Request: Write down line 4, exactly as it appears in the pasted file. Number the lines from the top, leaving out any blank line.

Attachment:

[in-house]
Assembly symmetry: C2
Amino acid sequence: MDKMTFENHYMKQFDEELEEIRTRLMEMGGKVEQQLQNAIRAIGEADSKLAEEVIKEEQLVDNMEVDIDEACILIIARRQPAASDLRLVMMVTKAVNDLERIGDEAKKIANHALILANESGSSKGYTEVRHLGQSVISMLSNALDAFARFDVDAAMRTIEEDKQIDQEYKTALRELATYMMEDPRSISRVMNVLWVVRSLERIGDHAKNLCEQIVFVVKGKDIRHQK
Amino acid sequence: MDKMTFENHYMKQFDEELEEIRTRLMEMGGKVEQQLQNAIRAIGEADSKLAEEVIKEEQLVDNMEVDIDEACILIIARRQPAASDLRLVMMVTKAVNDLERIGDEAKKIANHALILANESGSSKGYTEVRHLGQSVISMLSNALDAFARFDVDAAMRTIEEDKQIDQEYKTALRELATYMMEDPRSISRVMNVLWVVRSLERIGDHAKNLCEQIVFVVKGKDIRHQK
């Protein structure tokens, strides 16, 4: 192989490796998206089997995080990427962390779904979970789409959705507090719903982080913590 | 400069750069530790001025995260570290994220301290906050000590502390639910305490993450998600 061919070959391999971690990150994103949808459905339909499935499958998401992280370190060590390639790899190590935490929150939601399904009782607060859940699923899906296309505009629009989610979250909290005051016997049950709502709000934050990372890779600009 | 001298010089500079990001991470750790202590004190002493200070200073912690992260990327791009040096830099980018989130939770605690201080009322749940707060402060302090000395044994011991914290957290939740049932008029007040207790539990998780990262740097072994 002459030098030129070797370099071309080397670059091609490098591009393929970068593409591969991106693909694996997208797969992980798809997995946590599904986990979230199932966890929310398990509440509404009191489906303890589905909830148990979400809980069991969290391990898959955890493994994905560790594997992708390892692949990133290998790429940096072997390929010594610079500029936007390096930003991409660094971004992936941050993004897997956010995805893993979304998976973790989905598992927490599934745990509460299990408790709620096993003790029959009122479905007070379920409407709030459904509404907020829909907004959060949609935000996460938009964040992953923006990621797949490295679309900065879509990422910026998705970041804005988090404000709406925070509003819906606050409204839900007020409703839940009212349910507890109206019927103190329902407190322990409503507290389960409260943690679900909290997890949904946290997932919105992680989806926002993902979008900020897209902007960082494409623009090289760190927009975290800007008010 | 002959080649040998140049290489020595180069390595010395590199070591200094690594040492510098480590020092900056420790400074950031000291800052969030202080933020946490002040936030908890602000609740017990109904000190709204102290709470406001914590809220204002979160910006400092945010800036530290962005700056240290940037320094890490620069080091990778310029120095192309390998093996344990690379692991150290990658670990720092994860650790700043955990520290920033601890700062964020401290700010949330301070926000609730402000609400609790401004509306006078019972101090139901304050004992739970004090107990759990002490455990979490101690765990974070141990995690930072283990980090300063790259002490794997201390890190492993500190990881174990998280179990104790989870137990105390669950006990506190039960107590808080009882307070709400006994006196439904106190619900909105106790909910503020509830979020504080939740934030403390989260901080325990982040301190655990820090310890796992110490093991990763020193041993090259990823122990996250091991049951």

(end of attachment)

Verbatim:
Amino acid sequence: MDKMTFENHYMKQFDEELEEIRTRLMEMGGKVEQQLQNAIRAIGEADSKLAEEVIKEEQLVDNMEVDIDEACILIIARRQPAASDLRLVMMVTKAVNDLERIGDEAKKIANHALILANESGSSKGYTEVRHLGQSVISMLSNALDAFARFDVDAAMRTIEEDKQIDQEYKTALRELATYMMEDPRSISRVMNVLWVVRSLERIGDHAKNLCEQIVFVVKGKDIRHQK